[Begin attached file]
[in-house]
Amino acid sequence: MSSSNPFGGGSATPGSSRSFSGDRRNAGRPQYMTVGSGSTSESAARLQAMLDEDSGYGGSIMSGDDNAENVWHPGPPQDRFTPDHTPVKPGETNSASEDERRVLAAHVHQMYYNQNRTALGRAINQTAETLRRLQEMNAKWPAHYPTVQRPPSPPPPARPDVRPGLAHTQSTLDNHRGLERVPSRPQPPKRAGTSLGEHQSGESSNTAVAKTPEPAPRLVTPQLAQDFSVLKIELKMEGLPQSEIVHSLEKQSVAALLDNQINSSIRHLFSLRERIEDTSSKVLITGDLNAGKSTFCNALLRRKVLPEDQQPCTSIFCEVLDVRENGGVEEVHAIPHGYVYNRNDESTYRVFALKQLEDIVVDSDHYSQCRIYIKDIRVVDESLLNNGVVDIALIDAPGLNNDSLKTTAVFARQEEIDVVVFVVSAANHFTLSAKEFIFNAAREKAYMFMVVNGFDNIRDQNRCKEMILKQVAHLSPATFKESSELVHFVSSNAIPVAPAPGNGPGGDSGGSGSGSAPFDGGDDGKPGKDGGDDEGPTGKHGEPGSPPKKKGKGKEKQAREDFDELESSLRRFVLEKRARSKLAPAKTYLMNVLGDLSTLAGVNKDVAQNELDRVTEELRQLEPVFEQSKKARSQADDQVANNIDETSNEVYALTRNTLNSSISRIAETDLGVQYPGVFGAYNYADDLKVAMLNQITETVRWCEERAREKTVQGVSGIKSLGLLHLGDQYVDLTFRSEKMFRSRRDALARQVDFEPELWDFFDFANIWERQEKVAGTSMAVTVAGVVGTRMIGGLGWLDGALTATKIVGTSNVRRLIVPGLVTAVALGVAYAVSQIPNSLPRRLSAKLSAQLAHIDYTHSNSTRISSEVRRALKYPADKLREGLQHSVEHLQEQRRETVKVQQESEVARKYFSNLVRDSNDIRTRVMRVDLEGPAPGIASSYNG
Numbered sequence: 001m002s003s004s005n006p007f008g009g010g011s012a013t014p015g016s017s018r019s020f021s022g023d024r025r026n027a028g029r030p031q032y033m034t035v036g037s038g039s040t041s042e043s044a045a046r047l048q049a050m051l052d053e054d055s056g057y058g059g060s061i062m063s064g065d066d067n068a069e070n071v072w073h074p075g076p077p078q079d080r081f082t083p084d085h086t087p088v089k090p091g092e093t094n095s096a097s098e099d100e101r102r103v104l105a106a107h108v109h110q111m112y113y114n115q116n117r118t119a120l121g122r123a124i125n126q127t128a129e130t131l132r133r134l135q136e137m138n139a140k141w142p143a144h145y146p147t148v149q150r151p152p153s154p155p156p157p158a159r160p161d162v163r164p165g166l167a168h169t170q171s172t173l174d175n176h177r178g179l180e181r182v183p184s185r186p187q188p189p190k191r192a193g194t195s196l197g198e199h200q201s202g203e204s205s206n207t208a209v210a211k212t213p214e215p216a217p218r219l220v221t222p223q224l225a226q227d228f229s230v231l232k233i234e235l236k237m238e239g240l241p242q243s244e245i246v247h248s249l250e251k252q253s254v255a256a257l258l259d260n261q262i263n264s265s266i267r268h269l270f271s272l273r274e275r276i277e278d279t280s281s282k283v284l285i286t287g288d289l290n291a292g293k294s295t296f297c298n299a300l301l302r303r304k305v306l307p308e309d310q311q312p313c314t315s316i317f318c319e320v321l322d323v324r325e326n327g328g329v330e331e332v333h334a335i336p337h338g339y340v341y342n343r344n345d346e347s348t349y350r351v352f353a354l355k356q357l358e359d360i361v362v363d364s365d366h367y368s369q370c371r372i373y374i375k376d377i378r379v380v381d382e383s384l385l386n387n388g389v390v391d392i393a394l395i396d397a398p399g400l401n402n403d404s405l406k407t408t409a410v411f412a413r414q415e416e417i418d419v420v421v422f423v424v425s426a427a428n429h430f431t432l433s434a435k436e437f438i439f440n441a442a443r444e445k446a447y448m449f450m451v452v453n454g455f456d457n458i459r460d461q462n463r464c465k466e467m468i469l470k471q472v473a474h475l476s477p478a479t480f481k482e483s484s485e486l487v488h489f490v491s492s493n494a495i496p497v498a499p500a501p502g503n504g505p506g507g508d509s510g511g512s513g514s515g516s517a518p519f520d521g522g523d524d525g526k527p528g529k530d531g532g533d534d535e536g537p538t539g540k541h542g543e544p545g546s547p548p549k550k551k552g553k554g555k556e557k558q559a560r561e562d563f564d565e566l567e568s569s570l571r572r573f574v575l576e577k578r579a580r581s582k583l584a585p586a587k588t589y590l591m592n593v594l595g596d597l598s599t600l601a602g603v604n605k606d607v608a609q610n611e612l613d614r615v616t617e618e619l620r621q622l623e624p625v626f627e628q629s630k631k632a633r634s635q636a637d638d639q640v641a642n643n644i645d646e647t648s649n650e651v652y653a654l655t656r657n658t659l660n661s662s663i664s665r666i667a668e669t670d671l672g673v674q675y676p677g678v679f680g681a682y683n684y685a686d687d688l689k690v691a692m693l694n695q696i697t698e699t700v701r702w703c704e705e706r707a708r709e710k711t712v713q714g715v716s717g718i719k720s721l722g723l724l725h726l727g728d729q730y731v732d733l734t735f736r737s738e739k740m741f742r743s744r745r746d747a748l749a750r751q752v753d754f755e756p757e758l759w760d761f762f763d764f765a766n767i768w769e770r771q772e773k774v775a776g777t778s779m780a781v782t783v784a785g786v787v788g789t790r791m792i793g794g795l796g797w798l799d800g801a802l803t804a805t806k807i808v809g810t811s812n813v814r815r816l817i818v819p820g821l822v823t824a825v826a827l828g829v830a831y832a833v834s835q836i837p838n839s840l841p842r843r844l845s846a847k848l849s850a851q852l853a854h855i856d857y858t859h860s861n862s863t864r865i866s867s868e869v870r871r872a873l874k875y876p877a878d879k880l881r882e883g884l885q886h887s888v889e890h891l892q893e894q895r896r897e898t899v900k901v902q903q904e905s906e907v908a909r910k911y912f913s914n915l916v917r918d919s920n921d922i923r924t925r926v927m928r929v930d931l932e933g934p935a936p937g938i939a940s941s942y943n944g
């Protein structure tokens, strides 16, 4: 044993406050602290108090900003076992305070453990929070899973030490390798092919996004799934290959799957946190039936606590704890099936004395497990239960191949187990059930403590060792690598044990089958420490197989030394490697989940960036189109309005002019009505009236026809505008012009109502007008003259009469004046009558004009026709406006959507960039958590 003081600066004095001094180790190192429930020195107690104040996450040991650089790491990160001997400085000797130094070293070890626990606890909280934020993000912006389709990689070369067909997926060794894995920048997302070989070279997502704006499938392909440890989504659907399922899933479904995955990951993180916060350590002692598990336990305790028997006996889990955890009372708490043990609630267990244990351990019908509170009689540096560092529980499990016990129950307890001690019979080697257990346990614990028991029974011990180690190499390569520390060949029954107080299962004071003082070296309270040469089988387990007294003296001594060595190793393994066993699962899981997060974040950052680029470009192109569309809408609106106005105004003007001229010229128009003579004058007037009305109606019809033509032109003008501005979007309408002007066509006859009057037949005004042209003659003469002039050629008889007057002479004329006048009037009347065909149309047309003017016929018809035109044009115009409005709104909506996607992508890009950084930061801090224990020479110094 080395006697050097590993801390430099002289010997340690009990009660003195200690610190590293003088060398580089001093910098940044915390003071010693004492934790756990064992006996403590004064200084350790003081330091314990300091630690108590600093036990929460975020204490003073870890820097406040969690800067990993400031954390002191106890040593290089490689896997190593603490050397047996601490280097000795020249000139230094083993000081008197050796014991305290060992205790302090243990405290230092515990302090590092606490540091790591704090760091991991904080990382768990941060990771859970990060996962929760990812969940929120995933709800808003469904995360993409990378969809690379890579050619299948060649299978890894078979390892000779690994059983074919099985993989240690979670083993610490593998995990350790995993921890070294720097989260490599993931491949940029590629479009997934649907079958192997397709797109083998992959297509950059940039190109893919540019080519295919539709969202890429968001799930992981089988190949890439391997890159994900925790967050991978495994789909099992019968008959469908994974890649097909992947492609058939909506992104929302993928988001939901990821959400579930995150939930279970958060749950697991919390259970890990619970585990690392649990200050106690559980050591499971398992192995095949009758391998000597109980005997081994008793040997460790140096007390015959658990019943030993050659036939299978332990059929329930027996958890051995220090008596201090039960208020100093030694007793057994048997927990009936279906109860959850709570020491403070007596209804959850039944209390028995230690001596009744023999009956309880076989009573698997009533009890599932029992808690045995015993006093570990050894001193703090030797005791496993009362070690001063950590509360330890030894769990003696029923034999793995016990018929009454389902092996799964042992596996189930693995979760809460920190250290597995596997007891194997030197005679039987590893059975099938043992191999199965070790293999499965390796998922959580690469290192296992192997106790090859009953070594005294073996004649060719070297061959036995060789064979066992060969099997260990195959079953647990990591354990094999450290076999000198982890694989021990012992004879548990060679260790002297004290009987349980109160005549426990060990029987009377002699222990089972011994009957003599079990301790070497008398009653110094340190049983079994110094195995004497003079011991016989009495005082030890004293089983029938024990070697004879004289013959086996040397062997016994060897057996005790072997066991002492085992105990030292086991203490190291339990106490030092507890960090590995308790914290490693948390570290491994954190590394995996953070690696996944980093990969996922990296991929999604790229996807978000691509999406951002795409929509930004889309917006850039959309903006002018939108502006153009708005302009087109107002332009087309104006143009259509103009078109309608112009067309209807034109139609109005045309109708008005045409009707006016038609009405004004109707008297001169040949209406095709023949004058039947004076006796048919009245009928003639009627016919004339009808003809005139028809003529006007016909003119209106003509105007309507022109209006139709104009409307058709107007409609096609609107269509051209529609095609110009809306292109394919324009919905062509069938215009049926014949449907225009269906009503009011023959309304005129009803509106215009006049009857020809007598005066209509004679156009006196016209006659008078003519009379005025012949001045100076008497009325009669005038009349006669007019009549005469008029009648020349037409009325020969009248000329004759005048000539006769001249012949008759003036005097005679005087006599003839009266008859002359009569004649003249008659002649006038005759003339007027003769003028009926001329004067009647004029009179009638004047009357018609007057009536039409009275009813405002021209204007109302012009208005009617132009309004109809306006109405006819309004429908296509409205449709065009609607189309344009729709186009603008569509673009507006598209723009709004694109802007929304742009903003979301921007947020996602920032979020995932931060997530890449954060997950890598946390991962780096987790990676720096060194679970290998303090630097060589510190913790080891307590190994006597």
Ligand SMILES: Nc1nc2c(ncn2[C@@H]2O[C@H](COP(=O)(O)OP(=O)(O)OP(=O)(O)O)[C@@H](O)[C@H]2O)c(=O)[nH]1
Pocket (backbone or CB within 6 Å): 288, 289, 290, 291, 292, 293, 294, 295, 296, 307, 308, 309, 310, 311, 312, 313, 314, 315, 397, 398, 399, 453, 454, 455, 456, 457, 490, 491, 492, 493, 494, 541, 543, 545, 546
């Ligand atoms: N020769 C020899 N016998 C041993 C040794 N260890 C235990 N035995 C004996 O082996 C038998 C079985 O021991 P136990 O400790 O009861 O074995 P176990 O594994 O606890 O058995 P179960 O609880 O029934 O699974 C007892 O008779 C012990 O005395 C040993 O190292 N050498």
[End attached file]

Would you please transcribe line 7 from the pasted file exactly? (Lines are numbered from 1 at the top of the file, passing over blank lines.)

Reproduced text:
């Ligand atoms: N020769 C020899 N016998 C041993 C040794 N260890 C235990 N035995 C004996 O082996 C038998 C079985 O021991 P136990 O400790 O009861 O074995 P176990 O594994 O606890 O058995 P179960 O609880 O029934 O699974 C007892 O008779 C012990 O005395 C040993 O190292 N050498």